A dream team is a force to be reckoned with; it’s coordinated, aligned and productive. If your number one priority is to create, retain and galvanize a dream team, here are the essentials you need to know.
The typical phases of creating a dream team are forming, storming, norming and performing as described by psychologist Bruce Tuckman. But from my consulting experience in many areas of strategy, I’ve added the essential phases that aren't covered in team development: sustaining, adapting and innovating. Let's start from the top.
1. Forming Phase
In the team-forming phase, the team members learn about each other and about how to work most successfully together.
- Define goals and objectives. Agree on what are you trying to achieve as a team.
- Learn each individual's personal objectives and what he/she wants to get from participating.
- Share baggage, i.e., discuss habits, personal preferences and attitudes or sensitivities. Make room for a discussion of personal circumstances that can impact the team's plans (such as pregnancy due dates, civic duties, etc.). Allow room to fit these into the schedule.
2. Storming Phase
Unforeseen issues begin to surface as team members work together. Interpersonal challenges must be recognized as opportunities for improving communications and processes.
- Disruptive factors, like unexpected personality traits, can become apparent.
- Conflicts may occur. Many conflicts are not intentional. Remember, every person joined the team because he/she shared the vision of all of the other team members. Everyone wants to accomplish their very best for the team and wants the team to succeed.
- Miscommunications may result in conflicts when people don't understand their roles well enough, and consequently, do not do what others thought that they were supposed to do.
- Look at and welcome differences between individuals' thinking.
- Give and receive constructive feedback.
Note that team performance can be predicted to dip during this adjustment phase.
3. Norming Phase
In this phase, team members come to notice the need for some ground rules for working together. For example, "We're not going to start meetings before 5:00 a.m. or after 10:00 p.m."
- Establish ground rules to help team members avoid placing unreasonable expectations upon one another
- Identify points of agreement as well as differing opinions.
- Redefine roles and responsibilities to optimally fit individuals' skills.
- Double-team. Have two people work on certain tasks to cover contingencies. For example, "One person might brainstorm assumptions, while another does modeling."
- Teach the team to remain open when setbacks occur; identify solutions and resolutions to issues.
4. Performing Phase
At this stage, the team is proficient and performing at peak levels. Team members can:
- Quickly and effectively implement tasks
- Celebrate successes
- Remain open when setbacks occur
- Seek resolutions to problems instead of blaming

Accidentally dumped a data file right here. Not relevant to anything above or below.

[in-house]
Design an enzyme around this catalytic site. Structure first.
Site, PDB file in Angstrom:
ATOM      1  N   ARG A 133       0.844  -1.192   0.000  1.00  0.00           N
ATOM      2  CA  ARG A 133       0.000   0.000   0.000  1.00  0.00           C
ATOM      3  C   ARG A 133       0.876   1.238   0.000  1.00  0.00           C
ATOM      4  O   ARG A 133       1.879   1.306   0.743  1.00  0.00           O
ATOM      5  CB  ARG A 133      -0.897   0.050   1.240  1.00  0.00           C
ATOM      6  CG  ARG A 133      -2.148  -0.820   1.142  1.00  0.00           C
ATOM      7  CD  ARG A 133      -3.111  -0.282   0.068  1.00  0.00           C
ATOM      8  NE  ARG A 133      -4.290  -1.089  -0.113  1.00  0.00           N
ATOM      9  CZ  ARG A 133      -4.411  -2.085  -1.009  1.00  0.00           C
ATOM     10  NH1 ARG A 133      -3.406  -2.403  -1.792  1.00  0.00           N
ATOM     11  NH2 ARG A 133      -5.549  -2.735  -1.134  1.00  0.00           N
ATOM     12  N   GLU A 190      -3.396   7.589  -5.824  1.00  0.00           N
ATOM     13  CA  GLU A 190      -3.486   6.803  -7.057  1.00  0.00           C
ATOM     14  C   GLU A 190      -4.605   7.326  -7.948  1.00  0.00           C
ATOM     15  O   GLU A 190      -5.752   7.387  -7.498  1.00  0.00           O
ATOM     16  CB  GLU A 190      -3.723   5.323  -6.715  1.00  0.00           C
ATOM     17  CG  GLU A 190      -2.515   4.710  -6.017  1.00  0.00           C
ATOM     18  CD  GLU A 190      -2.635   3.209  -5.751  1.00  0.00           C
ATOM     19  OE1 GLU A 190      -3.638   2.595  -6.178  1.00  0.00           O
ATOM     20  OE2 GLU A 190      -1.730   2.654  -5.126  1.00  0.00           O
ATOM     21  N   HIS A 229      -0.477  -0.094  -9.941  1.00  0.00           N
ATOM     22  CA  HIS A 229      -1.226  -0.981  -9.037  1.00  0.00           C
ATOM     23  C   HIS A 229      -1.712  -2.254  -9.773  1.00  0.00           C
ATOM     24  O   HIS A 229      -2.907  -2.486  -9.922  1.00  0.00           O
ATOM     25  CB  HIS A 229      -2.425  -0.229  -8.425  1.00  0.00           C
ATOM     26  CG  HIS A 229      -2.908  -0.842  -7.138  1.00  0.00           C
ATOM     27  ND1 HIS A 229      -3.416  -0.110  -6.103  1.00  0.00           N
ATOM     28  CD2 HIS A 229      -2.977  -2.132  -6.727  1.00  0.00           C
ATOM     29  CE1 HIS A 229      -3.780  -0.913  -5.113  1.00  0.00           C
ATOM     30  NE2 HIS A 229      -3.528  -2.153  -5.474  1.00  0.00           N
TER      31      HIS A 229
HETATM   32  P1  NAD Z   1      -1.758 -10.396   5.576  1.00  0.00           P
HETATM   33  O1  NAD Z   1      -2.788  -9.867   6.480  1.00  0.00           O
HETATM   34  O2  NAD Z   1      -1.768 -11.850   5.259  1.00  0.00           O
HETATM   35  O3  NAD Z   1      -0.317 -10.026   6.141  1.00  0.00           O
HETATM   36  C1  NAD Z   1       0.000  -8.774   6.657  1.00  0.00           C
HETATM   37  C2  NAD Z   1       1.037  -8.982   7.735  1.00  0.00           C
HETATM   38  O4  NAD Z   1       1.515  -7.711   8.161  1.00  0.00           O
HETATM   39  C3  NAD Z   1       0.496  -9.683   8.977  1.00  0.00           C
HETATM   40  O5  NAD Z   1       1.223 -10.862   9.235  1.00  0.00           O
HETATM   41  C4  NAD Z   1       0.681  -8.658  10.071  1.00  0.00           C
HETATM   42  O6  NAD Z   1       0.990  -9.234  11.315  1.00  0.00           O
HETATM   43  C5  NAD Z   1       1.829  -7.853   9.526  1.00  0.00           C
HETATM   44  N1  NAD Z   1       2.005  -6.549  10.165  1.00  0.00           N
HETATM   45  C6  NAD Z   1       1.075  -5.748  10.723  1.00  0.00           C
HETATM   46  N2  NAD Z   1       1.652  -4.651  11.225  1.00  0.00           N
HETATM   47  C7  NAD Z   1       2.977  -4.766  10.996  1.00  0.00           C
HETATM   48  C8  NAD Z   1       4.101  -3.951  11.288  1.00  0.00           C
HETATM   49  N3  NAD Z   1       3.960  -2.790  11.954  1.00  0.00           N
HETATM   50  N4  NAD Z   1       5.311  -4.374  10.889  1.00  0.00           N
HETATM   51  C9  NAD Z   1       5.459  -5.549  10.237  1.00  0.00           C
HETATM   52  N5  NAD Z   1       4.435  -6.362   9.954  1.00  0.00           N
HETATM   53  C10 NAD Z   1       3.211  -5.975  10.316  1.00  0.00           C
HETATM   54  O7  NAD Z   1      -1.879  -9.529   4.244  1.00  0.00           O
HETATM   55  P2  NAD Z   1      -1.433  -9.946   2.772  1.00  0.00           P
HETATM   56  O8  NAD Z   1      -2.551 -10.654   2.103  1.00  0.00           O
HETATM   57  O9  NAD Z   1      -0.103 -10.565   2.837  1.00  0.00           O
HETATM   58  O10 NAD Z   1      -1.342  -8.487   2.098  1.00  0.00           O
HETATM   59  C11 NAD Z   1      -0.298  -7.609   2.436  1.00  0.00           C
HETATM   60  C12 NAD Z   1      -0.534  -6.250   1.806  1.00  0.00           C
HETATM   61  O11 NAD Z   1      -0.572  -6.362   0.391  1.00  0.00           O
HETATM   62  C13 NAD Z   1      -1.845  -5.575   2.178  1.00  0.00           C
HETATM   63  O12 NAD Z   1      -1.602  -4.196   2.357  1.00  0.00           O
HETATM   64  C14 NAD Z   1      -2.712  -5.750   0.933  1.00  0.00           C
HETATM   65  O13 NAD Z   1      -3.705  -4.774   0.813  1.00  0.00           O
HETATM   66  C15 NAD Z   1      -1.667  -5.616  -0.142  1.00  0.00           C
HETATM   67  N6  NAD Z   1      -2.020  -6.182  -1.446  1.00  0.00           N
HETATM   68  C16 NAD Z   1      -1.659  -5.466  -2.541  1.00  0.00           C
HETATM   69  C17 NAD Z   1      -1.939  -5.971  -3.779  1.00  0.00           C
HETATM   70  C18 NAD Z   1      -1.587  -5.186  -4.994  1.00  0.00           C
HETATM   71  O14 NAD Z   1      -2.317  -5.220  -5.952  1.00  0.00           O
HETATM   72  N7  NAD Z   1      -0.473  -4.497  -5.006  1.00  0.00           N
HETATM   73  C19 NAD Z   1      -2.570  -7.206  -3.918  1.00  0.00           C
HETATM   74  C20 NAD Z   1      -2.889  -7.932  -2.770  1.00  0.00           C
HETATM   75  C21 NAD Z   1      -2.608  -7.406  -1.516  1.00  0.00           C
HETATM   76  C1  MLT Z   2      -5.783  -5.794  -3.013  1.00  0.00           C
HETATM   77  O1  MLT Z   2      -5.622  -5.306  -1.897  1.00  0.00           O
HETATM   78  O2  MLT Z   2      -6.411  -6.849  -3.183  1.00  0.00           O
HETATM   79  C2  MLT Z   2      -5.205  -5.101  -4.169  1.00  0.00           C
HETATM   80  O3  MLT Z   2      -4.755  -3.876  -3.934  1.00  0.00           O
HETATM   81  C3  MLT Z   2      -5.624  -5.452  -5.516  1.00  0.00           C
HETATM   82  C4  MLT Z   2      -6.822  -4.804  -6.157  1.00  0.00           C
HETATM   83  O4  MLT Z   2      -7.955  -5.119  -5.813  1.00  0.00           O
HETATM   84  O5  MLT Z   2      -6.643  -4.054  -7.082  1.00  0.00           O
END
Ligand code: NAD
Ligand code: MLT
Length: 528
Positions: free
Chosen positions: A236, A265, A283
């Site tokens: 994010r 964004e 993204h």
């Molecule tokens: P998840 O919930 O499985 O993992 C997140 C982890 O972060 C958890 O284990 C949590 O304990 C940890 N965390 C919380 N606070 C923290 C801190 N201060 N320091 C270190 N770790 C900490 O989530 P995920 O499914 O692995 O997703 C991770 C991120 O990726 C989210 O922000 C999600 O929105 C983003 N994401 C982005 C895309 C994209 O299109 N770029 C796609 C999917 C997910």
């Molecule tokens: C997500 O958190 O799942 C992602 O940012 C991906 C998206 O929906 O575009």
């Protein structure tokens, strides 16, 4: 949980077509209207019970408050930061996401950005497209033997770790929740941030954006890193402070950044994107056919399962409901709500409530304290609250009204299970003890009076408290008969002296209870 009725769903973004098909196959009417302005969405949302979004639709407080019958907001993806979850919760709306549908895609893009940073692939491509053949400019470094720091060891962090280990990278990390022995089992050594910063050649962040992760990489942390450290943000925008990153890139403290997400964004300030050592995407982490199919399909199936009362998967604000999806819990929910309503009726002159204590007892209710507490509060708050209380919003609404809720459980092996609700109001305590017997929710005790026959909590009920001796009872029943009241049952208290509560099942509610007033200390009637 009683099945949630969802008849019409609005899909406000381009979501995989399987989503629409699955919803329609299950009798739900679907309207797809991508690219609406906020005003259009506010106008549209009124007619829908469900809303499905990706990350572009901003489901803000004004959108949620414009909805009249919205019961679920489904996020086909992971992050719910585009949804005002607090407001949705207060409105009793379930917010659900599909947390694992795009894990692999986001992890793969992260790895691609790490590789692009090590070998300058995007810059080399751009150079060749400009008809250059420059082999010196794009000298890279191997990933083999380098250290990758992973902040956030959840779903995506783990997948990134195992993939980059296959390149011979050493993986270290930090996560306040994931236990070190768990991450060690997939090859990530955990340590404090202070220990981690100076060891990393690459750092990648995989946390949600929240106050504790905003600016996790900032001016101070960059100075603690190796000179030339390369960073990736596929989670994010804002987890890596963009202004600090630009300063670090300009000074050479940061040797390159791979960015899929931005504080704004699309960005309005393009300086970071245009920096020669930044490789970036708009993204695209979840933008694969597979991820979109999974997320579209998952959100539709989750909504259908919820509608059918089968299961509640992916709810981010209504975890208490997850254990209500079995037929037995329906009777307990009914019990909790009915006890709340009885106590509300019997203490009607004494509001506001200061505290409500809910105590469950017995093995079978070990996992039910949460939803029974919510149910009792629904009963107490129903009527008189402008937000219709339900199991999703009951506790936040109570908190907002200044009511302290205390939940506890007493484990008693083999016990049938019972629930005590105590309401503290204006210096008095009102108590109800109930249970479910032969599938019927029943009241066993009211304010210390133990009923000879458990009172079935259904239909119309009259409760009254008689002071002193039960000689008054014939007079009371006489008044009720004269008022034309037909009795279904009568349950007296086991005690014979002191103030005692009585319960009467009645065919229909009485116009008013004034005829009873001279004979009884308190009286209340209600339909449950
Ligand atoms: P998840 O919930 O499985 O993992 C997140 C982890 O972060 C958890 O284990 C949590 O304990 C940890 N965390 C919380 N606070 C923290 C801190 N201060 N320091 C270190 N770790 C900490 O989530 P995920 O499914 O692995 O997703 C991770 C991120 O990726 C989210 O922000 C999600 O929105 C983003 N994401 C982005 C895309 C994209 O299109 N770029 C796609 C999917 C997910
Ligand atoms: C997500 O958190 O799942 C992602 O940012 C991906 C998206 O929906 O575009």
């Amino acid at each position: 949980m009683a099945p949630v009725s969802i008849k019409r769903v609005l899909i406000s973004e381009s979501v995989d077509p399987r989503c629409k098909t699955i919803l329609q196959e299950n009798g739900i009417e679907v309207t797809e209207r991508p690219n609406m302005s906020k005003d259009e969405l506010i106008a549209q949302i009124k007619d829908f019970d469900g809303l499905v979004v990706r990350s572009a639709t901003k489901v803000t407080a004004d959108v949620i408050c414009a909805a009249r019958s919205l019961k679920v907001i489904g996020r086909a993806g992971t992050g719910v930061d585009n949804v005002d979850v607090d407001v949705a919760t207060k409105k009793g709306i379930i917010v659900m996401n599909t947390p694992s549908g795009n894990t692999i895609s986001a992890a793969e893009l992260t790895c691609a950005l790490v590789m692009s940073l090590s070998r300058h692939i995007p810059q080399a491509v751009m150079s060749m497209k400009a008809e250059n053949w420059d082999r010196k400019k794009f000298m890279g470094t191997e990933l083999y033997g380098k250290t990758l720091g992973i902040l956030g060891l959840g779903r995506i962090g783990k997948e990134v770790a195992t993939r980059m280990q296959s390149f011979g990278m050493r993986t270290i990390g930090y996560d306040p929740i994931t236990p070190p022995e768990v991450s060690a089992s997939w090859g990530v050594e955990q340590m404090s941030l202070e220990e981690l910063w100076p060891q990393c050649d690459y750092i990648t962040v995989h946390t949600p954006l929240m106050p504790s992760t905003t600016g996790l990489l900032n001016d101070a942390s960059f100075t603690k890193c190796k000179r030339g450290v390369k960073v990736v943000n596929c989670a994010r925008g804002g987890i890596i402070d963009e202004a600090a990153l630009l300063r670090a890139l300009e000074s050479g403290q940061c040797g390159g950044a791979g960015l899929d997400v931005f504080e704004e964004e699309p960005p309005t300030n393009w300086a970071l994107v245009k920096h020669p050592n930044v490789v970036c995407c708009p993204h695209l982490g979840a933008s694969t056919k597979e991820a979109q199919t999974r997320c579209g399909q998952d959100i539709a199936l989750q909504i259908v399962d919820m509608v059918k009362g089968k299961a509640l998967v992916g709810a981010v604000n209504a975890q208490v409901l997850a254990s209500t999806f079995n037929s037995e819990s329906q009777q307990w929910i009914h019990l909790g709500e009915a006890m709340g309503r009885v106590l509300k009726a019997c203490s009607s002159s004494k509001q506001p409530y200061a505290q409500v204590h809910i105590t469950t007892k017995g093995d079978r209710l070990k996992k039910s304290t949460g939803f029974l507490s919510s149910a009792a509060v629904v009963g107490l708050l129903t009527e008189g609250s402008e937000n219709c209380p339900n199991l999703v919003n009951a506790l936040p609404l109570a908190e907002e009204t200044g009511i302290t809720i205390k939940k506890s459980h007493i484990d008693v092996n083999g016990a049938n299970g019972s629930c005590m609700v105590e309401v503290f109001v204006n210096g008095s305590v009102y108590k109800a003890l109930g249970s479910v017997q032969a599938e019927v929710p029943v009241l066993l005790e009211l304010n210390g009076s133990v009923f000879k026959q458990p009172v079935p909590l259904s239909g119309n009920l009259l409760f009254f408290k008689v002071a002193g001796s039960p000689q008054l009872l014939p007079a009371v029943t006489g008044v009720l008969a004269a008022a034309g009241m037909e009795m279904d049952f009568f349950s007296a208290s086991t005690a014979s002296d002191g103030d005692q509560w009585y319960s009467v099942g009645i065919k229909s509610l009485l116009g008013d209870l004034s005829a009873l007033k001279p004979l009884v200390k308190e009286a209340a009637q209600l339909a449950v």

- Continue to welcome constructive input
5. Sustaining, Adapting and Innovating Phase
This phase is often not included in the normal stages of forming a team, yet it is the most important phase if an organization wants to grow and succeed. Team members must adapt and have a spark of creativity to adjust as roles change. The blueprint for success is a solid culture and being aware of personal styles as well as constantly adapting and sharpening your team leadership.
The following are some factors involving team character that influence your culture and successful teamwork:
- The team members agree on what is required to reach the common goal.
- There is a teamwork culture of prioritizing working well together.
- An atmosphere of trust encourages the best performance by every member.
- Team members understand their specific roles and how those facilitate reaching the goal.
- People's lifestyles are well-balanced with their responsibilities for team tasks.
- Communications and expectations in regards to plans and milestones are clear.
Interpersonal Keys To Building A Winning Startup Team
To merge personalities into a cohesive team, acquire deeper insights into the four basic differences in ways individuals think and operate introduced below. Then, instead of treating people as you want to be treated, treat them as they want to be treated. Teach your team members to do the same.
- Relators are open and direct. They include others in decision making.
- Socializers are very open and direct and want to know that you're interested in them.
- Thinkers are more guarded and indirect; they hold high expectations of themselves and others.
- Directors tend to be guarded and direct. They need to achieve and are most comfortable when they're in charge.
The Framework For Your Leadership Model
Building the best team requires the kind of leader who encourages and nurtures team members' development. Prerequisites for leaders and mentors of such character include attributes of being interested in people, being a straight talker, and knowing when to pivot. Follow their examples:
- Interact frequently.
- Provide individual coaching to enhance your understanding of the team.
- Provide group coaching to allow each person to understand.
- Reward good work.
- Keep your eyes open to possibilities and continuously learn.
Evaluate your leadership success by how well you inspire people to do whatever needs to be done to reach the goal and to passionately believe in the value of doing it. Good luck on building your dream team!